Citigroup has agreed to sell its Indian retail business to local lender Axis Bank for $1.6bn as Jane Fraser, the US bank’s chief executive, drives a wider withdrawal from underperforming retail markets.
The cash deal includes Citi’s credit cards, retail banking, wealth management and consumer loans in the country and will see 3,600 staff in India taken on by Axis, in a bet on a crowded sector already abandoned by a number of international lenders.
“A transaction of this nature comes in a lifetime, and the price makes sense,” Amitabh Chaudhry, chief executive of Axis said in Mumbai, Bloomberg reported. “This is perhaps one of the best consumer franchises in the country.”
Fraser announced that Citi was putting subscale consumer businesses in 13 countries up for sale shortly after taking over as chief executive in March 2021, after years of internal contention over the far-flung retail network’s persistently low returns.
The pullback, which affects markets including India, China and Poland, was designed to free up capital to be redeployed in other sections such as wealth management and institutional banking. Citi plans to focus its wealth management business through hubs in Singapore, Hong Kong, the United Arab Emirates and London.
The US bank said it expected the deal with Axis to release about $800mn of allocated tangible common equity, a key measure of financial strength.
In January, Citi announced a retreat from consumer and small- and medium-sized business banking in Mexico, which it mostly conducts via its Banamex subsidiary.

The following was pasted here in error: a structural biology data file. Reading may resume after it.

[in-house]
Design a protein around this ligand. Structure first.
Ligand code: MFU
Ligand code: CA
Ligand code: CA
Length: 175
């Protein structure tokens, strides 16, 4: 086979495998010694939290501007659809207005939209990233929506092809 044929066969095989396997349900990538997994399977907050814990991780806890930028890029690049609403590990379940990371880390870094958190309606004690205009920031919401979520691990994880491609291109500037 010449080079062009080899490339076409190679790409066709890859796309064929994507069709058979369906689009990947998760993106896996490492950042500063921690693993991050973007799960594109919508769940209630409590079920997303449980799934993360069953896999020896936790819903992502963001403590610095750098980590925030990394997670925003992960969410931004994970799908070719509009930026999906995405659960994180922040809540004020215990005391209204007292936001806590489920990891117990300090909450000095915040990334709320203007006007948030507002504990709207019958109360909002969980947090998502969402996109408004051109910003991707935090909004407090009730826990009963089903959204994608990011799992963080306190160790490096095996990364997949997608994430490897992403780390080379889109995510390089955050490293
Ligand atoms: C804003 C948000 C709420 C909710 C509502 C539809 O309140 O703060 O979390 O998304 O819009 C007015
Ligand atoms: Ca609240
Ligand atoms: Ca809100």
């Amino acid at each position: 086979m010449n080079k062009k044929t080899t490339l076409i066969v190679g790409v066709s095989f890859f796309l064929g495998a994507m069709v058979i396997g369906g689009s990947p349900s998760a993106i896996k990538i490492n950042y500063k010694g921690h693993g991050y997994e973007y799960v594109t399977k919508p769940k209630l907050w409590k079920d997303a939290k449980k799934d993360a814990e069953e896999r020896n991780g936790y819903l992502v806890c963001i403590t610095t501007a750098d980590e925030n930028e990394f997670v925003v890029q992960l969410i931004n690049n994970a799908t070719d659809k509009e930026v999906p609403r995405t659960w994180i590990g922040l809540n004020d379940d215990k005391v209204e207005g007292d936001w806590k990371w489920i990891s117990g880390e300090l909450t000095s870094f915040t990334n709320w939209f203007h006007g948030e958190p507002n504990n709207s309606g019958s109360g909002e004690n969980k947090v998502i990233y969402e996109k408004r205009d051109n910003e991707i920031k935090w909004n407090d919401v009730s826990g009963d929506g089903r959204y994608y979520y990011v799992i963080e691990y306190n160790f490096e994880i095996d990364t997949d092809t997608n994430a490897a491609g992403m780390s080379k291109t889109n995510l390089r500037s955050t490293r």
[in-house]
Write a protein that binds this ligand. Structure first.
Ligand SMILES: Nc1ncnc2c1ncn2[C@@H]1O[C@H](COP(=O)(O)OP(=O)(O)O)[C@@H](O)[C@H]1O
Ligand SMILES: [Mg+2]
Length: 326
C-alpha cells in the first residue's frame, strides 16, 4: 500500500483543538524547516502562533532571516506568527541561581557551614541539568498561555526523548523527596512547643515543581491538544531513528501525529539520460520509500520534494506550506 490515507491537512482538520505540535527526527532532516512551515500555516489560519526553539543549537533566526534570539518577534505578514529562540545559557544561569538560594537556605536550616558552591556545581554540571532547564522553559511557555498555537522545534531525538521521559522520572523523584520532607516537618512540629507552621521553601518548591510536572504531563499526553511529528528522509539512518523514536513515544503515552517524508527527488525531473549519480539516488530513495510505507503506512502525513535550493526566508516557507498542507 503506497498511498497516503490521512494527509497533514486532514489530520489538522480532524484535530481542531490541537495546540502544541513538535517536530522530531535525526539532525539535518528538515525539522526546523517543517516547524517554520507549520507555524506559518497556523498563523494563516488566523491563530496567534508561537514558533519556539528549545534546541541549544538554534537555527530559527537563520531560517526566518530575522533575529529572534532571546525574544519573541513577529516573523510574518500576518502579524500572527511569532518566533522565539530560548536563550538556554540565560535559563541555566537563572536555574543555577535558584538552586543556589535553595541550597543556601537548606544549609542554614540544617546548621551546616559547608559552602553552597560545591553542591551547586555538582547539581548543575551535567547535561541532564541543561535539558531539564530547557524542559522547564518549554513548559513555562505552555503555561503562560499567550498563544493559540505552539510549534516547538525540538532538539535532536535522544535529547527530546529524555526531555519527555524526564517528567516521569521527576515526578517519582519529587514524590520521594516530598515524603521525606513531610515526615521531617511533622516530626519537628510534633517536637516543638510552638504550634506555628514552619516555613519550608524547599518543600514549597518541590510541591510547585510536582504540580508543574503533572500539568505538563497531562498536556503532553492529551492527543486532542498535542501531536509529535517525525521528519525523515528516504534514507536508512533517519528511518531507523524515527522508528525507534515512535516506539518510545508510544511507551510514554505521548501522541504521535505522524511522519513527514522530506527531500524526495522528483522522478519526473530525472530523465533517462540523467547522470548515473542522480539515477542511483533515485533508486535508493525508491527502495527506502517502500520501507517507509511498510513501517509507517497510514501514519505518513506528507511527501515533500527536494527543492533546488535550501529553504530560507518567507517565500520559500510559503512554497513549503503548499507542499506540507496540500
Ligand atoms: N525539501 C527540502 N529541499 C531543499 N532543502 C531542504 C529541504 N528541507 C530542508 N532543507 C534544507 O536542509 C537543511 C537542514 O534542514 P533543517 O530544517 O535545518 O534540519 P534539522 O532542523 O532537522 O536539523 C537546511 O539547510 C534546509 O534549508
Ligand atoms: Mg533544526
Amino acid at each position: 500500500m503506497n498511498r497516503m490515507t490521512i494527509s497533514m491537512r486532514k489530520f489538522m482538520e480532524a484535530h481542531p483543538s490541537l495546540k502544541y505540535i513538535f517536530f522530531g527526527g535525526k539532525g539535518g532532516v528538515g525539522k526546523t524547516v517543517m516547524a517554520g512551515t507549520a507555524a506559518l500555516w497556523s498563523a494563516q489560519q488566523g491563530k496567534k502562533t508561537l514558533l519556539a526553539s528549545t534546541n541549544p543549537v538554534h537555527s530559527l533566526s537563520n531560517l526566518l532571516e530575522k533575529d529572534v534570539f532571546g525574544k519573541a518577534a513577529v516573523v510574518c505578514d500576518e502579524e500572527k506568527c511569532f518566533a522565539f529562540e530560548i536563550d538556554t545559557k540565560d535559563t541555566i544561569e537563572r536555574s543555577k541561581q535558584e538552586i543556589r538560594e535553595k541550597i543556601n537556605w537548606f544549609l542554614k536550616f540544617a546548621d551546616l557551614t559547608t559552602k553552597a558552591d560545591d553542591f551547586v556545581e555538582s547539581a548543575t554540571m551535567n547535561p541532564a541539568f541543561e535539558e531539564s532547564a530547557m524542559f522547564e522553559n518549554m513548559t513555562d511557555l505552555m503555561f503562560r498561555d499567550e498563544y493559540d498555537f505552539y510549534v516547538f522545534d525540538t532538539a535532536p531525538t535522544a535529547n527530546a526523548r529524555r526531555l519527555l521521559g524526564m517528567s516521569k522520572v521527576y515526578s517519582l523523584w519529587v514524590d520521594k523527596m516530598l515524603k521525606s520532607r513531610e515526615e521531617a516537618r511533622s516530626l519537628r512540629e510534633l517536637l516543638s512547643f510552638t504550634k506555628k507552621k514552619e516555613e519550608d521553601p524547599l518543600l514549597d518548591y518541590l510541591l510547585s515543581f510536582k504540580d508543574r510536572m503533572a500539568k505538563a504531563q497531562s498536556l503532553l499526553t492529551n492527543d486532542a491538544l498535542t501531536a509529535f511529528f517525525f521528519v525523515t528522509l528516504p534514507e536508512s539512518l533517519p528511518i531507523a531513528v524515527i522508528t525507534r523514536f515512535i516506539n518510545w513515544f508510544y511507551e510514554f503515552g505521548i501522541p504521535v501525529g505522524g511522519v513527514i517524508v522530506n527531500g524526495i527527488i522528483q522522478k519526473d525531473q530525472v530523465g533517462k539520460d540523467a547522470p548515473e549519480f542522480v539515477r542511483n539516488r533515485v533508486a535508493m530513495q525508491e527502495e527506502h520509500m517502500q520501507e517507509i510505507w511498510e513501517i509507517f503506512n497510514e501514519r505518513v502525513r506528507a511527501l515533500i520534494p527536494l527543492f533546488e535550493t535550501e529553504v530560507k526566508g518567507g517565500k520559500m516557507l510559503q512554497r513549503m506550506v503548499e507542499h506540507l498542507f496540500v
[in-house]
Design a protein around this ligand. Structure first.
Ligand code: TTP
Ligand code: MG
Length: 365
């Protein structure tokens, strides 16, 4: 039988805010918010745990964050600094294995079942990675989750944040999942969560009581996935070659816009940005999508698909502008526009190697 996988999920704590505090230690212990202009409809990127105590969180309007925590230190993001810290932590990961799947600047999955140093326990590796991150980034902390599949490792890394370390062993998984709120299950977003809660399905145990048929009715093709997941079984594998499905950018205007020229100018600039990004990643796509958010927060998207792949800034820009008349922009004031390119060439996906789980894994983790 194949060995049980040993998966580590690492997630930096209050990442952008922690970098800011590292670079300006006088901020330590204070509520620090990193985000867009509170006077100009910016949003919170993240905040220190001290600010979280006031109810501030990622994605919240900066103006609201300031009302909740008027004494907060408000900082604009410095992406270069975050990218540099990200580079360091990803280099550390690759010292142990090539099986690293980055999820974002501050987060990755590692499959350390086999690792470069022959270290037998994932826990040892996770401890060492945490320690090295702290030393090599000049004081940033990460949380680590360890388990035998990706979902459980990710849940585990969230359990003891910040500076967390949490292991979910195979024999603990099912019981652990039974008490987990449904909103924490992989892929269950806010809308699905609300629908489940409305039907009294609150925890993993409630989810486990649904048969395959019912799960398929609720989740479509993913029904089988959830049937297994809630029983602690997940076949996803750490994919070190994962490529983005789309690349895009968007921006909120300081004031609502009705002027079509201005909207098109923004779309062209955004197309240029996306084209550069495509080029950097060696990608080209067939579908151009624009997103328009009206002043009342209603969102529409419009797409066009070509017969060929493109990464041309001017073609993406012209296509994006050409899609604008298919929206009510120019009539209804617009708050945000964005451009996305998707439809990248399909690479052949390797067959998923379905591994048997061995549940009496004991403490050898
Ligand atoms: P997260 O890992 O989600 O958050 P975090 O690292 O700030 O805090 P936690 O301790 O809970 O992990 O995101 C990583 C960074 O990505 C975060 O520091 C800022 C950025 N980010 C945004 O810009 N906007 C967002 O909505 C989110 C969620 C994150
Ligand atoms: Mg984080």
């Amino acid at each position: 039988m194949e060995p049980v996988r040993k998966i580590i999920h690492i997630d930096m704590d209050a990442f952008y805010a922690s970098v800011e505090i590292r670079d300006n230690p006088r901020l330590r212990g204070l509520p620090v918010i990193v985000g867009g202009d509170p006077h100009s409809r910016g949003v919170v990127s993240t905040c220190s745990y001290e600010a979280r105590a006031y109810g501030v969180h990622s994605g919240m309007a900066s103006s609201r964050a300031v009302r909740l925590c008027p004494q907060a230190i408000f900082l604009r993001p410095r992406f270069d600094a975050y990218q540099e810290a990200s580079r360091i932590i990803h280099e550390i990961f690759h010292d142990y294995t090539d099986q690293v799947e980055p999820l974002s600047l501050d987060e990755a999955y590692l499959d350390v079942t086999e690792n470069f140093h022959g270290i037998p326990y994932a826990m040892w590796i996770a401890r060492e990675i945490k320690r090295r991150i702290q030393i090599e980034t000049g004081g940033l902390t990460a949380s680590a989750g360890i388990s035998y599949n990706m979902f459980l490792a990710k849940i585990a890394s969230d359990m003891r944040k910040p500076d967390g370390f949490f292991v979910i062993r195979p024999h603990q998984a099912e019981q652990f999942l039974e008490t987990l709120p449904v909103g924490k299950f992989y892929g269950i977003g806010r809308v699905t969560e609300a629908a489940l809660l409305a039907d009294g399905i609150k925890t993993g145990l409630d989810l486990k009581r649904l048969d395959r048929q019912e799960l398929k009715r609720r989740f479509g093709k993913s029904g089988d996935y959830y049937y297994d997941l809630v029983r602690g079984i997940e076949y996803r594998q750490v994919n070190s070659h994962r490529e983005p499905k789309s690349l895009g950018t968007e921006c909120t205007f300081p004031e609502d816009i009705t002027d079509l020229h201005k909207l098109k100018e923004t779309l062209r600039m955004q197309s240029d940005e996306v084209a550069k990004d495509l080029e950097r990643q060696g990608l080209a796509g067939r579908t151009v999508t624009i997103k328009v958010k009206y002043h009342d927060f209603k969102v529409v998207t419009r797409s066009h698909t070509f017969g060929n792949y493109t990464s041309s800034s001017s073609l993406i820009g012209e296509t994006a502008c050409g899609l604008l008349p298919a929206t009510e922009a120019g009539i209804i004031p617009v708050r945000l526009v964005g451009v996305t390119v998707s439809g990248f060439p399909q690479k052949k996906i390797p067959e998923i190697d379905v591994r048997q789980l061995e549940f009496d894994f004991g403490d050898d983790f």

Other markets have proved more difficult to exit. Citi has struggled to find a buyer for its Russian business since last summer. Moscow’s invasion of Ukraine last month makes that sale even more unlikely.
India has proved to be a challenging consumer market for international banks, with competition for market share from fintech entrants, state banks and both public and private Indian lenders.
In 2011, Barclays quit its $1bn retail business in India to focus on its more successful investment and corporate banking.
NatWest, then known as Royal Bank of Scotland, announced that it would exit India in 2016 as part of a broader global contraction after the UK government’s bailout in 2008.
The deal is significant for Axis, a London-listed company which has grown to become one of India’s biggest private lenders. It will increase its credit card business by 31 per cent to 2.5mn cards, while swelling the bank’s deposit base by about 7 per cent.
The price on the deal is sizeable for India’s financial sector, according to SR Srinivasan, a Bangalore-based financial adviser. “I can’t think in recent memory . . . when there’s been such a big franchise that has changed hands to an Indian player,” he said.
With Citi’s clients mostly from the sought-after premium customers segment, Srinivasan said he expected that Axis would eventually merge the Citi business with its private wealth offering.
Source: Financial Times